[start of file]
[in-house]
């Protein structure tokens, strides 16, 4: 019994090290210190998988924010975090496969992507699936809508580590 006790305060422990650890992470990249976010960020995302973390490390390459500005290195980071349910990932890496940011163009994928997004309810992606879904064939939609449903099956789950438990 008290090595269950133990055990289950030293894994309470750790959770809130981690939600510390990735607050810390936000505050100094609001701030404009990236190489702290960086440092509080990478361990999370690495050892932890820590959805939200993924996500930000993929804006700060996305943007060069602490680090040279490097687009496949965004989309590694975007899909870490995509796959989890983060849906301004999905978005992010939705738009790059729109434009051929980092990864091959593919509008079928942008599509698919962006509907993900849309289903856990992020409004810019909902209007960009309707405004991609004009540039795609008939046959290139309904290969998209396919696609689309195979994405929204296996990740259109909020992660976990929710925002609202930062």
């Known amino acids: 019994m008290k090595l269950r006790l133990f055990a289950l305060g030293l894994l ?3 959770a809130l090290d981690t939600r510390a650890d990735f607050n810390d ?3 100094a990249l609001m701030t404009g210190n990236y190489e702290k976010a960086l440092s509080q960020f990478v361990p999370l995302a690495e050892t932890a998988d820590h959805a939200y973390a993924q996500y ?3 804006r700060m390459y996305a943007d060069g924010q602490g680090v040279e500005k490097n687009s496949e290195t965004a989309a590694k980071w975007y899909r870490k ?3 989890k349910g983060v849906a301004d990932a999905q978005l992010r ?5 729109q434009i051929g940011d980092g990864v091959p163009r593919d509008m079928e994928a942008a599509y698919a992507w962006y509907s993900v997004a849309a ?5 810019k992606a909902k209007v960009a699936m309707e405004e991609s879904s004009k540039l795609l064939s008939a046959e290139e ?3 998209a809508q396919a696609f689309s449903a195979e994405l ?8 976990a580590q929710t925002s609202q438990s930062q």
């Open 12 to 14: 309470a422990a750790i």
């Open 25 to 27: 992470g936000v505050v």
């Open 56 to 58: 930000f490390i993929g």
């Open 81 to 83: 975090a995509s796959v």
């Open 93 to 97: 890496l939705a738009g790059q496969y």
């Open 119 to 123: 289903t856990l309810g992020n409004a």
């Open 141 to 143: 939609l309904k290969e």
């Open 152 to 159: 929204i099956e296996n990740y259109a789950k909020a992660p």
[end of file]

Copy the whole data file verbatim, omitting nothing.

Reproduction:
[in-house]
């Protein structure tokens, strides 16, 4: 019994090290210190998988924010975090496969992507699936809508580590 006790305060422990650890992470990249976010960020995302973390490390390459500005290195980071349910990932890496940011163009994928997004309810992606879904064939939609449903099956789950438990 008290090595269950133990055990289950030293894994309470750790959770809130981690939600510390990735607050810390936000505050100094609001701030404009990236190489702290960086440092509080990478361990999370690495050892932890820590959805939200993924996500930000993929804006700060996305943007060069602490680090040279490097687009496949965004989309590694975007899909870490995509796959989890983060849906301004999905978005992010939705738009790059729109434009051929980092990864091959593919509008079928942008599509698919962006509907993900849309289903856990992020409004810019909902209007960009309707405004991609004009540039795609008939046959290139309904290969998209396919696609689309195979994405929204296996990740259109909020992660976990929710925002609202930062």
């Known amino acids: 019994m008290k090595l269950r006790l133990f055990a289950l305060g030293l894994l ?3 959770a809130l090290d981690t939600r510390a650890d990735f607050n810390d ?3 100094a990249l609001m701030t404009g210190n990236y190489e702290k976010a960086l440092s509080q960020f990478v361990p999370l995302a690495e050892t932890a998988d820590h959805a939200y973390a993924q996500y ?3 804006r700060m390459y996305a943007d060069g924010q602490g680090v040279e500005k490097n687009s496949e290195t965004a989309a590694k980071w975007y899909r870490k ?3 989890k349910g983060v849906a301004d990932a999905q978005l992010r ?5 729109q434009i051929g940011d980092g990864v091959p163009r593919d509008m079928e994928a942008a599509y698919a992507w962006y509907s993900v997004a849309a ?5 810019k992606a909902k209007v960009a699936m309707e405004e991609s879904s004009k540039l795609l064939s008939a046959e290139e ?3 998209a809508q396919a696609f689309s449903a195979e994405l ?8 976990a580590q929710t925002s609202q438990s930062q």
């Open 12 to 14: 309470a422990a750790i």
């Open 25 to 27: 992470g936000v505050v």
């Open 56 to 58: 930000f490390i993929g």
């Open 81 to 83: 975090a995509s796959v």
């Open 93 to 97: 890496l939705a738009g790059q496969y």
């Open 119 to 123: 289903t856990l309810g992020n409004a």
């Open 141 to 143: 939609l309904k290969e």
């Open 152 to 159: 929204i099956e296996n990740y259109a789950k909020a992660p």